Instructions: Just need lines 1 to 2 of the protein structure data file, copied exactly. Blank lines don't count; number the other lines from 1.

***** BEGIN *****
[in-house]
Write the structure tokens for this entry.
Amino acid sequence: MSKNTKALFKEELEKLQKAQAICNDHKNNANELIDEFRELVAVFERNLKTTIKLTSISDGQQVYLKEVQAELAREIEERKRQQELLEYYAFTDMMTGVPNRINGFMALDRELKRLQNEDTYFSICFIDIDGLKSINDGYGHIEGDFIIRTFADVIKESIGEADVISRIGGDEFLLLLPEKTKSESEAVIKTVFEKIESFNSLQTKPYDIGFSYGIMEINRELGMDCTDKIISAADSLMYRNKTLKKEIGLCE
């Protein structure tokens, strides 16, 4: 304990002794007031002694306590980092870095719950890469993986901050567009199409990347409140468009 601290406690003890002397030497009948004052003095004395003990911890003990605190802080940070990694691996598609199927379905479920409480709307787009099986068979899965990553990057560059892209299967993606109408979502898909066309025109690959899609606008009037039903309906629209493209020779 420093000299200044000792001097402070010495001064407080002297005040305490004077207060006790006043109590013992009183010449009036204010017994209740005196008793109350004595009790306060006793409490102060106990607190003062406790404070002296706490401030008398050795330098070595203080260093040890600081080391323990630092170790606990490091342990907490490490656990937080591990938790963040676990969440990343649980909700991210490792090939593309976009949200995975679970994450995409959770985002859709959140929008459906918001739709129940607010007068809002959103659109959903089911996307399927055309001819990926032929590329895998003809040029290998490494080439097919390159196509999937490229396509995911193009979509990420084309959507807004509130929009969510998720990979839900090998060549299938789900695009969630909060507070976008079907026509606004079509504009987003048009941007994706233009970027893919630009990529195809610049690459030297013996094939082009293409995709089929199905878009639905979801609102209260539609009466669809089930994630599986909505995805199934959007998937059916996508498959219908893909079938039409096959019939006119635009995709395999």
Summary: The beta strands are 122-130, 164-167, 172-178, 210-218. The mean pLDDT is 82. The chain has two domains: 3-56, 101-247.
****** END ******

[in-house]
Write the structure tokens for this entry.